O'donovan History, Family Crest & Coats of Arms
- Origins Available:
Many of the Irish surnames in use today have long rich histories behind them. The name O'donovan originally appeared in Gaelic as O Donnabhain, derived from the words "donn," which means "brown," and "dubhan," a derivative of "dubh," which means "black."
Early Origins of the O'donovan family
The surname O'donovan was first found in County Limerick (Irish: Luimneach) located in Southwestern Ireland, in the province of Munster, where they held a family seat from very ancient times at Bruree. Their hereditary territory were the lands along the banks of the river Maigues in that county. They were descended from Crom, the Chief of the Donovans, who built Crom Castle, and he in turn was descended anciently from Eoghan Mor (Eugene the Great), King of Munster. Amhailgadh II's son, Crom's great, great grandfather, was a commander with King Brian Boru in the Battle of Clontarf against the Danes, and it was at this time through marriage that they lost the throne of Munster.
Early History of the O'donovan family
This web page shows only a small excerpt of our O'donovan research. Another 55 words (4 lines of text) covering the years 1172, 1639, 1584, 1641, 1689, 1684, 1705 and 1689 are included under the topic Early O'donovan History in all our PDF Extended History products and printed products wherever possible.
O'donovan Spelling Variations
The recording of names in Ireland in the Middle Ages was an inconsistent endeavor at best. One must realize that attempting to record a Gaelic name in English is a daunting task at the best of times. Even today the translation is a difficult one. Accordingly, research into the name O'donovan revealed spelling variations, including Donovan, Donavon, Donavan, Donevan, Donnovan, Donnavon, Donnavan, Donnovin and many more.
Early Notables of the O'donovan family (pre 1700)
Notable amongst the family name at this time was Donal II O'Donovan (Irish: Domhnall Ó Donnabháin), The O'Donovan of Clann Cathail, Lord of Clancahill (died 1639); Donal III O'Donovan (Irish: Domhnall Ó Donnabháin), The O'Donovan of Clancahill, (born before 1584), he joined the so-called Irish Rebellion of 1641 under Donagh MacCarthy and was accordingly stripped of his estates by...
Another 58 words (4 lines of text) are included under the topic Early O'donovan Notables in all our PDF Extended History products and printed products wherever possible.
O'donovan migration to the United States +
Irish families fled the English-colonized Ireland in record numbers during the 19th century for North America. Many of those destitute families died from disease during, and even shortly after, the long journey. Although those that immigrated before the Great Potato Famine of the 1840s often were granted a tract of land, those that arrived later were generally accommodated in urban centers or in work camps. Those in the urban centers would labor in the manufacturing sector, whereas those in work camps would to build critical infrastructures such as bridges, canals, roads, and railways. Regardless of when these Irish immigrants came to North America, they were critical for the rapid development of the young nations of the United States and Canada. Early immigration and passenger lists have recorded many early immigrants bearing the name of O'donovan:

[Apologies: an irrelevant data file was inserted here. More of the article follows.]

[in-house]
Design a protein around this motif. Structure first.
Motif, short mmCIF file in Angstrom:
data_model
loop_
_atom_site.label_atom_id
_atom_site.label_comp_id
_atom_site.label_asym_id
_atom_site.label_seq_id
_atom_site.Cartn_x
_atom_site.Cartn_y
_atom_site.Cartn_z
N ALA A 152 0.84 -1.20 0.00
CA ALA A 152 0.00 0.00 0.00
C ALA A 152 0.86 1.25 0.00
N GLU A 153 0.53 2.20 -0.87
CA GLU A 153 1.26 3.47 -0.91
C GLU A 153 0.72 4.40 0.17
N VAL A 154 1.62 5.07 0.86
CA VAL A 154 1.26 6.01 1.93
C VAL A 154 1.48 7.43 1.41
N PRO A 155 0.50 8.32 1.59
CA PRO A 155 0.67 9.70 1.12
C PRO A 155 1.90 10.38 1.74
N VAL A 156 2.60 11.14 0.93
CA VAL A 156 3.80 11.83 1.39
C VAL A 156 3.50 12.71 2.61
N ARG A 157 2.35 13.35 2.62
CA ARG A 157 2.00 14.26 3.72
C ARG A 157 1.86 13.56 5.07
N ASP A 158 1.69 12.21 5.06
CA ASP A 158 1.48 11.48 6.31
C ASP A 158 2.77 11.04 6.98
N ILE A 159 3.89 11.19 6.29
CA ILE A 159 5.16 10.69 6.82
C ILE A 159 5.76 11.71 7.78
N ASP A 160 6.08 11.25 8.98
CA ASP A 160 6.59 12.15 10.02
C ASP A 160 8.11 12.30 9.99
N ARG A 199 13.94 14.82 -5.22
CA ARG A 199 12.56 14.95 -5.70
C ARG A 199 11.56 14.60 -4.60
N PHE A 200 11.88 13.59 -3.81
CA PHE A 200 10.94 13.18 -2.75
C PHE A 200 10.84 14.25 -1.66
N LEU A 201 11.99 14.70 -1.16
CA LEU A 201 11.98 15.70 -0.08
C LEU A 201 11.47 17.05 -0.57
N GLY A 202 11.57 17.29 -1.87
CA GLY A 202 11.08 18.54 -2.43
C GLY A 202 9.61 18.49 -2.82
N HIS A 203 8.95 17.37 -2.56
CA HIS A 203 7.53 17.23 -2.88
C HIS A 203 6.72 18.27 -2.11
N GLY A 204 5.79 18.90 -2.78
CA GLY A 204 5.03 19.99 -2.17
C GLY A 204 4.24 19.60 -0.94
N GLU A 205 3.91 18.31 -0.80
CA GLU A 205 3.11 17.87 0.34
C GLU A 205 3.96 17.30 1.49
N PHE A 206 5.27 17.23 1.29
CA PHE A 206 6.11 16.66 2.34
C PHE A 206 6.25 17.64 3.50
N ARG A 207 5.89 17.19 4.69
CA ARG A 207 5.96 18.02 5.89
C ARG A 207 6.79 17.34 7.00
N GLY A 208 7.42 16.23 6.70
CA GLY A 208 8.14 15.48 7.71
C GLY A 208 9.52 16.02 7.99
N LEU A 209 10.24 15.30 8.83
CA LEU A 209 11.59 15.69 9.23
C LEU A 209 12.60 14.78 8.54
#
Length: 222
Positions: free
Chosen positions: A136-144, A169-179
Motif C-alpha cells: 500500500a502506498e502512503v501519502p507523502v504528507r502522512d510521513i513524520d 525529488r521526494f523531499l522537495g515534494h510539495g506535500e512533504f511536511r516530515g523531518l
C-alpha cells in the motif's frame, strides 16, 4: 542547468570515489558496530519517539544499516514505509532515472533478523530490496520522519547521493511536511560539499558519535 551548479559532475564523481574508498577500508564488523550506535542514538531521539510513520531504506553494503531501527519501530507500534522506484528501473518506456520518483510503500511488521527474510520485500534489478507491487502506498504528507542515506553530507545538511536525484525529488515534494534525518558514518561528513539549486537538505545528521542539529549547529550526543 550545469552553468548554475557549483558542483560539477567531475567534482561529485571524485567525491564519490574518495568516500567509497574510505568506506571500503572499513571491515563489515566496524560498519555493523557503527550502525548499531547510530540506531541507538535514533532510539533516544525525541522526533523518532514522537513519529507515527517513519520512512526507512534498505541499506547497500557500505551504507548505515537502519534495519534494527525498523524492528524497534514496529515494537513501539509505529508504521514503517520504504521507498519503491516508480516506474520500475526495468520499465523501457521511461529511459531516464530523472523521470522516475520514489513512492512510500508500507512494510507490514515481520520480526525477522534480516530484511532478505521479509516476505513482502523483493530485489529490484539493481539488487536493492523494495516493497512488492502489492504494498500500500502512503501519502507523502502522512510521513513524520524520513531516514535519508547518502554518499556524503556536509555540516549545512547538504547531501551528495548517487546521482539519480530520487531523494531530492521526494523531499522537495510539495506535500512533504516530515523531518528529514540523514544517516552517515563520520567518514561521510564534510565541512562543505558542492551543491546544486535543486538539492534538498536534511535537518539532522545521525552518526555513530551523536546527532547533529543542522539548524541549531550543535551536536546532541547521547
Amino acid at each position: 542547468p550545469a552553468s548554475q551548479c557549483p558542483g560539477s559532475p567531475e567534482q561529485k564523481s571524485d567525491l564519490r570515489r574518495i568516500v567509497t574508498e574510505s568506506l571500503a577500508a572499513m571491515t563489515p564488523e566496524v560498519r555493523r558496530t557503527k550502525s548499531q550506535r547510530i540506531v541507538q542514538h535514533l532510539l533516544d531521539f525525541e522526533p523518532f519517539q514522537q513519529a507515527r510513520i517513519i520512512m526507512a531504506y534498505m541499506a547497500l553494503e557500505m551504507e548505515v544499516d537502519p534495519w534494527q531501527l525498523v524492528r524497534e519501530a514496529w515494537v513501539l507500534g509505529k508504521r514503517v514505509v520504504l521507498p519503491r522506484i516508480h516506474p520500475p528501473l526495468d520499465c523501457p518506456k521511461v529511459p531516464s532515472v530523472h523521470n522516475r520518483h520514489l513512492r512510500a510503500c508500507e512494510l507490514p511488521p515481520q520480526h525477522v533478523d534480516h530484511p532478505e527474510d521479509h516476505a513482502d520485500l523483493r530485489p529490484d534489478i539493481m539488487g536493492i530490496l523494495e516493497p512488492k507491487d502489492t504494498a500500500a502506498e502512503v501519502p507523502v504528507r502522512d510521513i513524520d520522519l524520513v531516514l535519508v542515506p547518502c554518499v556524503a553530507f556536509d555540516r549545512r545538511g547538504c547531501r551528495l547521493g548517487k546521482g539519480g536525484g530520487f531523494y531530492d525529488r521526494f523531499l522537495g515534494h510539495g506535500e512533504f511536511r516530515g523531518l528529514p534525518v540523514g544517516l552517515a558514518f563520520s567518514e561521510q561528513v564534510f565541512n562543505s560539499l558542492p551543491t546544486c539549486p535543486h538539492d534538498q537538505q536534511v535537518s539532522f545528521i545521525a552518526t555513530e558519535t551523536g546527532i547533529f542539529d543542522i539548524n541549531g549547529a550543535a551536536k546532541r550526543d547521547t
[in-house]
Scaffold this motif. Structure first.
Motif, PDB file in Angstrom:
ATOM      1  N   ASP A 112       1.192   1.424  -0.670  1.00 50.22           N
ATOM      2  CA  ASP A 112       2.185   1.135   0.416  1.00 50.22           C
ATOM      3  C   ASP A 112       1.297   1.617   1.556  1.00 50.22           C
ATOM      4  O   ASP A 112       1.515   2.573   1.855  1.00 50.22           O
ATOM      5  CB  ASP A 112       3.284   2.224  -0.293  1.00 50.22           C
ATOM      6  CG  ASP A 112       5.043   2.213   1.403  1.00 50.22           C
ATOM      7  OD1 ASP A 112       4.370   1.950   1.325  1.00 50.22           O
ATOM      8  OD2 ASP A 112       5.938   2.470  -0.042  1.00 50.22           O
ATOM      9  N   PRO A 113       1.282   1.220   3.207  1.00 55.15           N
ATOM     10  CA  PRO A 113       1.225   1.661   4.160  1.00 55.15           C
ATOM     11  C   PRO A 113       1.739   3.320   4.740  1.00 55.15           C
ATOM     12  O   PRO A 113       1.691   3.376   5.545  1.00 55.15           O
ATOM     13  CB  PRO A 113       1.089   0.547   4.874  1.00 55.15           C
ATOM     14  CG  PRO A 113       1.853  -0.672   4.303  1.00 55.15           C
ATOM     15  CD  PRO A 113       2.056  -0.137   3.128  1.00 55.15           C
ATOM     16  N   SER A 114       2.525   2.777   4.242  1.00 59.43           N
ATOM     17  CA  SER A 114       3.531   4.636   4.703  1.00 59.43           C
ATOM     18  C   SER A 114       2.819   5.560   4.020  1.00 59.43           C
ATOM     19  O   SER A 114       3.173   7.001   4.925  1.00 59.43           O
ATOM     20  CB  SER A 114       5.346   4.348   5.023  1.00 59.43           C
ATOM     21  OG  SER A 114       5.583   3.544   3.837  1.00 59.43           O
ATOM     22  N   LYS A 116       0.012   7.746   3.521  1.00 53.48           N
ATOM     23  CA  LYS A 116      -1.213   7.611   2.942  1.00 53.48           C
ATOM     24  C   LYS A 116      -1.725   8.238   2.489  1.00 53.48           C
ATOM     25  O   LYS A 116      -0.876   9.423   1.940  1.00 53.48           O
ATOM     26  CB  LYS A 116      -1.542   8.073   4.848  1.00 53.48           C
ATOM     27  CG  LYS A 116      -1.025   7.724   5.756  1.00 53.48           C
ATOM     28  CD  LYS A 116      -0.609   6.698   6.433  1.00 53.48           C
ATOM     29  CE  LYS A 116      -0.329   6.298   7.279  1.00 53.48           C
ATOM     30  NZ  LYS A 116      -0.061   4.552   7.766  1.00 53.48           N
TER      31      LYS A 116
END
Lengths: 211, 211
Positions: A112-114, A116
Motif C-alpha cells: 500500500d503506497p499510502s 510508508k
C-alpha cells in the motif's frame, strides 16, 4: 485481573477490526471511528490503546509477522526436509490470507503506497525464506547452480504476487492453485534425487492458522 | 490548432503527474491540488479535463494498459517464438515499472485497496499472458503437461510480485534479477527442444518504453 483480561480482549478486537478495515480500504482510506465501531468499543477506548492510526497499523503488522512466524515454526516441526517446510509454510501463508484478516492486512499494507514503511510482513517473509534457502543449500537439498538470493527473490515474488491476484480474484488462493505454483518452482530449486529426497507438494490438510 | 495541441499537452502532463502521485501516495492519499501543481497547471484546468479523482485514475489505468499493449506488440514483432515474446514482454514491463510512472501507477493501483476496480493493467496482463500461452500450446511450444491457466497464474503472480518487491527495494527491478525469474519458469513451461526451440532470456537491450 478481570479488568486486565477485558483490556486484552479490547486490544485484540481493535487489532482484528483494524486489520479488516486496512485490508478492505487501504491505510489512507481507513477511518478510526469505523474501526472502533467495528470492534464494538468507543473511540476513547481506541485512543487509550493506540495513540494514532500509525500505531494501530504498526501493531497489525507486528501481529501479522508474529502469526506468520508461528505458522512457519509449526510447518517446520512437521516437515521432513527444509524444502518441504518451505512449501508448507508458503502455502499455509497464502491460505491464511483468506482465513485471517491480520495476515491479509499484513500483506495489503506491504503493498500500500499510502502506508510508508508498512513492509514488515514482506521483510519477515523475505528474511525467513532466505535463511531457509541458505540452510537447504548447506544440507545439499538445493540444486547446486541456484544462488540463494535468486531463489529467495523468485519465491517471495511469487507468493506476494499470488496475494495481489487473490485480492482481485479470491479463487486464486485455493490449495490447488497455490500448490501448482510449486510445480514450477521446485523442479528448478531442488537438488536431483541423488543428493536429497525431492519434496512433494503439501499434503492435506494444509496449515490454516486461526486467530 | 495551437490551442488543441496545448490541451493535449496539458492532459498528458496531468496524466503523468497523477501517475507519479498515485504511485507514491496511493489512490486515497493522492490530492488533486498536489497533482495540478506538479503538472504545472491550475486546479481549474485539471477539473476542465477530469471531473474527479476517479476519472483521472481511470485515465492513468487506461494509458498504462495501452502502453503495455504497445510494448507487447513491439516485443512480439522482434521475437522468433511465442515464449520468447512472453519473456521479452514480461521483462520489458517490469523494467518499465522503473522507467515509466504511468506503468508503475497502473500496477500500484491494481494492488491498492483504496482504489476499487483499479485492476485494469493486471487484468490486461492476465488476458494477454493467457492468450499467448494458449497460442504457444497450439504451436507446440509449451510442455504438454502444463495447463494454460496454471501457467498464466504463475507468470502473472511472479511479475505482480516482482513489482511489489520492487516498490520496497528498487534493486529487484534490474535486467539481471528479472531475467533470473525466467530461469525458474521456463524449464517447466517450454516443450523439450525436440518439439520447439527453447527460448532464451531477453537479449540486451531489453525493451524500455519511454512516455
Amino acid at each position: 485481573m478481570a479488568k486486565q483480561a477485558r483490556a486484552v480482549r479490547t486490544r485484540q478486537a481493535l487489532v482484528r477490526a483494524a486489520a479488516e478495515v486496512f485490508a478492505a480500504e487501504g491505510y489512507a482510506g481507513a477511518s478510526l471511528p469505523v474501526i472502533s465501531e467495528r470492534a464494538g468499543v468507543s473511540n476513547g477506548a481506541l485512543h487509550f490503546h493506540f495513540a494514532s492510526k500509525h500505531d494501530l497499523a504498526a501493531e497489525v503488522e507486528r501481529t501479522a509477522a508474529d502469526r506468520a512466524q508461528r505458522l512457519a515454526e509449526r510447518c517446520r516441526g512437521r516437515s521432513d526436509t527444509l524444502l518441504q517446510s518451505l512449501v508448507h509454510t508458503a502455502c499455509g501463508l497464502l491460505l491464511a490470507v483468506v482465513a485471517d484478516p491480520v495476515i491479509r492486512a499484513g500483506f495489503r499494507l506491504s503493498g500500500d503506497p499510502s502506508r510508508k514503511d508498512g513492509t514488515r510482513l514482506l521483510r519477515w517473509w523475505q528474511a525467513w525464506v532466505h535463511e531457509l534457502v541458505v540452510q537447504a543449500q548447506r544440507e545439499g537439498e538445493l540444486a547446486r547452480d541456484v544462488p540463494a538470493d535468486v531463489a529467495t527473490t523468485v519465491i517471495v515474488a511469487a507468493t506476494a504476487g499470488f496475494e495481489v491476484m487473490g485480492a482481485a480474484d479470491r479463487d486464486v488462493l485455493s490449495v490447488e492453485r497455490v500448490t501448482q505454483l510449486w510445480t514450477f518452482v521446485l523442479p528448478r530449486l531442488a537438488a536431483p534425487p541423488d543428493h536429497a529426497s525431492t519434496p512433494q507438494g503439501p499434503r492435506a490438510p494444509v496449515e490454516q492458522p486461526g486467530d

O'donovan Settlers in United States in the 19th Century
- Timothy O'Donovan, aged 37, who landed in America, in 1893
- William O'Donovan, aged 41, who landed in America from Doneraile, in 1898
O'donovan Settlers in United States in the 20th Century
- James O'Donovan, aged 22, who settled in America from Dunmanway, in 1902
- Alice O'Donovan, aged 1, who landed in America from Limerick, in 1905
- Kittie O'Donovan, aged 27, who immigrated to the United States from Lymerick, Ireland, in 1908
- William J. O'Donovan, aged 27, who immigrated to the United States, in 1908
- Gerald O'Donovan, aged 38, who landed in America from Dublin, Ireland, in 1909
- ... (More are available in all our PDF Extended History products and printed products wherever possible.)
O'donovan migration to New Zealand +
Emigration to New Zealand followed in the footsteps of the European explorers, such as Captain Cook (1769-70): first came sealers, whalers, missionaries, and traders. By 1838, the British New Zealand Company had begun buying land from the Maori tribes, and selling it to settlers, and, after the Treaty of Waitangi in 1840, many British families set out on the arduous six month journey from Britain to Aotearoa to start a new life. Early immigrants include:
O'donovan Settlers in New Zealand in the 19th Century
- Honoria O'Donovan, aged 23, a domestic servant, who arrived in Bluff, New Zealand aboard the ship "Christian McAusland" in 1875
Contemporary Notables of the name O'donovan (post 1700) +
- William Rudolf O'Donovan (1844-1920), American sculptor
- Vita C. O'Donovan, American Democratic Party politician, Delegate to Democratic National Convention from New York, 1996 
- Jerome X. O'Donovan, American Democratic Party politician, Candidate for U.S. Representative from New York 14th District, 1988 
- Daniel A. O'Donovan (1874-1943), American politician, Mayor of Covington, Kentucky, 1924-27; Member of Kentucky State Legislature 
- Timothy Joseph O'Donovan (1881-1951), Farmers' Party and Fine Gael politician from County Cork, Ireland
- Fred O'Donovan (1930-2010), Irish theatre producer and businessman
- Paddy O'Donovan (1916-1990), Irish sportsperson
- Oliver O'Donovan (b. 1945), Irish scholar in the field of Christian ethics
- Denis O'Donovan (b. 1955), Irish Fianna Fáil politician
- John O'Donovan, Irish guitarist with The Adolescents punk band
- ... (Another 3 notables are available in all our PDF Extended History products and printed products wherever possible.)
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